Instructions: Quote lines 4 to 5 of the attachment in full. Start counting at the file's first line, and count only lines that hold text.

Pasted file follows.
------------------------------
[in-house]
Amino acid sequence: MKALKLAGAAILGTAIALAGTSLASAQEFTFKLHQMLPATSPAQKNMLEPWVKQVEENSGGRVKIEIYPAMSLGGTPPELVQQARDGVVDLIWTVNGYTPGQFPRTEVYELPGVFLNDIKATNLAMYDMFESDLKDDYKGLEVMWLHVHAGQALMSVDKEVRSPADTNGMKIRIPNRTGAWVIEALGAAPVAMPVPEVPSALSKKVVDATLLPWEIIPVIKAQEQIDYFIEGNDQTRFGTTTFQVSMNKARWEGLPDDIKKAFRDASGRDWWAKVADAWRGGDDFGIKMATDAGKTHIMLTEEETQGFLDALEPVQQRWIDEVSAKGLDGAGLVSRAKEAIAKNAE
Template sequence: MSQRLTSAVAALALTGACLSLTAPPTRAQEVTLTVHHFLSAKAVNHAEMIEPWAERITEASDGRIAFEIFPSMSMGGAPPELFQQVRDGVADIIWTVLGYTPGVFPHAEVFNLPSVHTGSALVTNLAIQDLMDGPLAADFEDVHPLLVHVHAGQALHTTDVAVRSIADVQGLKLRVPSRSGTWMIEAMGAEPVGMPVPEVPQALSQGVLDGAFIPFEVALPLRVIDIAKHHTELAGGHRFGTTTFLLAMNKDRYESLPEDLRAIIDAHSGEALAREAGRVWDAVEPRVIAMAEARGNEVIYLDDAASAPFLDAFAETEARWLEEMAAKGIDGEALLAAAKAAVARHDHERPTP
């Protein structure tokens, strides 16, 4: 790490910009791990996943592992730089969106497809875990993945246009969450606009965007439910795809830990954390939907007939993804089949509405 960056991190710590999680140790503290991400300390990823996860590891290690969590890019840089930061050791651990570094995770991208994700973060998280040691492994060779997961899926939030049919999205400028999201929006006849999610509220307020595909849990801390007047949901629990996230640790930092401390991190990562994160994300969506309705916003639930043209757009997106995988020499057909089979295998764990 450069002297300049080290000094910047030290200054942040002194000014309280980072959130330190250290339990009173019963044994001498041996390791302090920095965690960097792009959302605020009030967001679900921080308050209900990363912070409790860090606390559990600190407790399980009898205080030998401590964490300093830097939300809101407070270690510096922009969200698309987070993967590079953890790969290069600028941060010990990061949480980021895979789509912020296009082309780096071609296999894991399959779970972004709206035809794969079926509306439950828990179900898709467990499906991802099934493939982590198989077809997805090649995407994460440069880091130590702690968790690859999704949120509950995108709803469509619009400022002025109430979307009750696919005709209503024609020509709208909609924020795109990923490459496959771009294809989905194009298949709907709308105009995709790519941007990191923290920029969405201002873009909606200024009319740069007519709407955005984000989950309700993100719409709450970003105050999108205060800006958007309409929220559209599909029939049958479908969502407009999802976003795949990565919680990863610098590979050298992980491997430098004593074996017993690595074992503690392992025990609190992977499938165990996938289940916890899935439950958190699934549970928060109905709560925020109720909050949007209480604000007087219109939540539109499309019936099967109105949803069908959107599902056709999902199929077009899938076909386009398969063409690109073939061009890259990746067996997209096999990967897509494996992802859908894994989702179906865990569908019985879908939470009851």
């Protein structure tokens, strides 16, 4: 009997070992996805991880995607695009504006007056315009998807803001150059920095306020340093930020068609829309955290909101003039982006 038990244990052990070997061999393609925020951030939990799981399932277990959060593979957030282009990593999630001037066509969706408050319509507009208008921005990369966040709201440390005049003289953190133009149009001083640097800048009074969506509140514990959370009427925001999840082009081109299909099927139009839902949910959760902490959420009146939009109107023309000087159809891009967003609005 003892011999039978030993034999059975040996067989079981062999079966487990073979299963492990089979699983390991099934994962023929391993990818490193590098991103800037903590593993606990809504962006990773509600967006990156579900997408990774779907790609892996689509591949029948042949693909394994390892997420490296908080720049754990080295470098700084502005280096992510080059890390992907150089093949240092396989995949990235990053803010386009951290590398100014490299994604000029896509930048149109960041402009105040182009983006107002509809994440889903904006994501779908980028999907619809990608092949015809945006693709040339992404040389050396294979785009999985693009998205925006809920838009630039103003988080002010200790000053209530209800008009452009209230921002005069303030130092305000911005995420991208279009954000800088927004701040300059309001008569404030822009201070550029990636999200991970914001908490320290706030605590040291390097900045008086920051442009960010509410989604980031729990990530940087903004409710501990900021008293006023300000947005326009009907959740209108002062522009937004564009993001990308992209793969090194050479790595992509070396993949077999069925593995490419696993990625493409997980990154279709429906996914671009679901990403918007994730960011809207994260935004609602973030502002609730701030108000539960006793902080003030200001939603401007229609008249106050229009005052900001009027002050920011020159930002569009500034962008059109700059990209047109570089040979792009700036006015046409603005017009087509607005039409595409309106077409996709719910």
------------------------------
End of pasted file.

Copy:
């Protein structure tokens, strides 16, 4: 790490910009791990996943592992730089969106497809875990993945246009969450606009965007439910795809830990954390939907007939993804089949509405 960056991190710590999680140790503290991400300390990823996860590891290690969590890019840089930061050791651990570094995770991208994700973060998280040691492994060779997961899926939030049919999205400028999201929006006849999610509220307020595909849990801390007047949901629990996230640790930092401390991190990562994160994300969506309705916003639930043209757009997106995988020499057909089979295998764990 450069002297300049080290000094910047030290200054942040002194000014309280980072959130330190250290339990009173019963044994001498041996390791302090920095965690960097792009959302605020009030967001679900921080308050209900990363912070409790860090606390559990600190407790399980009898205080030998401590964490300093830097939300809101407070270690510096922009969200698309987070993967590079953890790969290069600028941060010990990061949480980021895979789509912020296009082309780096071609296999894991399959779970972004709206035809794969079926509306439950828990179900898709467990499906991802099934493939982590198989077809997805090649995407994460440069880091130590702690968790690859999704949120509950995108709803469509619009400022002025109430979307009750696919005709209503024609020509709208909609924020795109990923490459496959771009294809989905194009298949709907709308105009995709790519941007990191923290920029969405201002873009909606200024009319740069007519709407955005984000989950309700993100719409709450970003105050999108205060800006958007309409929220559209599909029939049958479908969502407009999802976003795949990565919680990863610098590979050298992980491997430098004593074996017993690595074992503690392992025990609190992977499938165990996938289940916890899935439950958190699934549970928060109905709560925020109720909050949007209480604000007087219109939540539109499309019936099967109105949803069908959107599902056709999902199929077009899938076909386009398969063409690109073939061009890259990746067996997209096999990967897509494996992802859908894994989702179906865990569908019985879908939470009851």
């Protein structure tokens, strides 16, 4: 009997070992996805991880995607695009504006007056315009998807803001150059920095306020340093930020068609829309955290909101003039982006 038990244990052990070997061999393609925020951030939990799981399932277990959060593979957030282009990593999630001037066509969706408050319509507009208008921005990369966040709201440390005049003289953190133009149009001083640097800048009074969506509140514990959370009427925001999840082009081109299909099927139009839902949910959760902490959420009146939009109107023309000087159809891009967003609005 003892011999039978030993034999059975040996067989079981062999079966487990073979299963492990089979699983390991099934994962023929391993990818490193590098991103800037903590593993606990809504962006990773509600967006990156579900997408990774779907790609892996689509591949029948042949693909394994390892997420490296908080720049754990080295470098700084502005280096992510080059890390992907150089093949240092396989995949990235990053803010386009951290590398100014490299994604000029896509930048149109960041402009105040182009983006107002509809994440889903904006994501779908980028999907619809990608092949015809945006693709040339992404040389050396294979785009999985693009998205925006809920838009630039103003988080002010200790000053209530209800008009452009209230921002005069303030130092305000911005995420991208279009954000800088927004701040300059309001008569404030822009201070550029990636999200991970914001908490320290706030605590040291390097900045008086920051442009960010509410989604980031729990990530940087903004409710501990900021008293006023300000947005326009009907959740209108002062522009937004564009993001990308992209793969090194050479790595992509070396993949077999069925593995490419696993990625493409997980990154279709429906996914671009679901990403918007994730960011809207994260935004609602973030502002609730701030108000539960006793902080003030200001939603401007229609008249106050229009005052900001009027002050920011020159930002569009500034962008059109700059990209047109570089040979792009700036006015046409603005017009087509607005039409595409309106077409996709719910």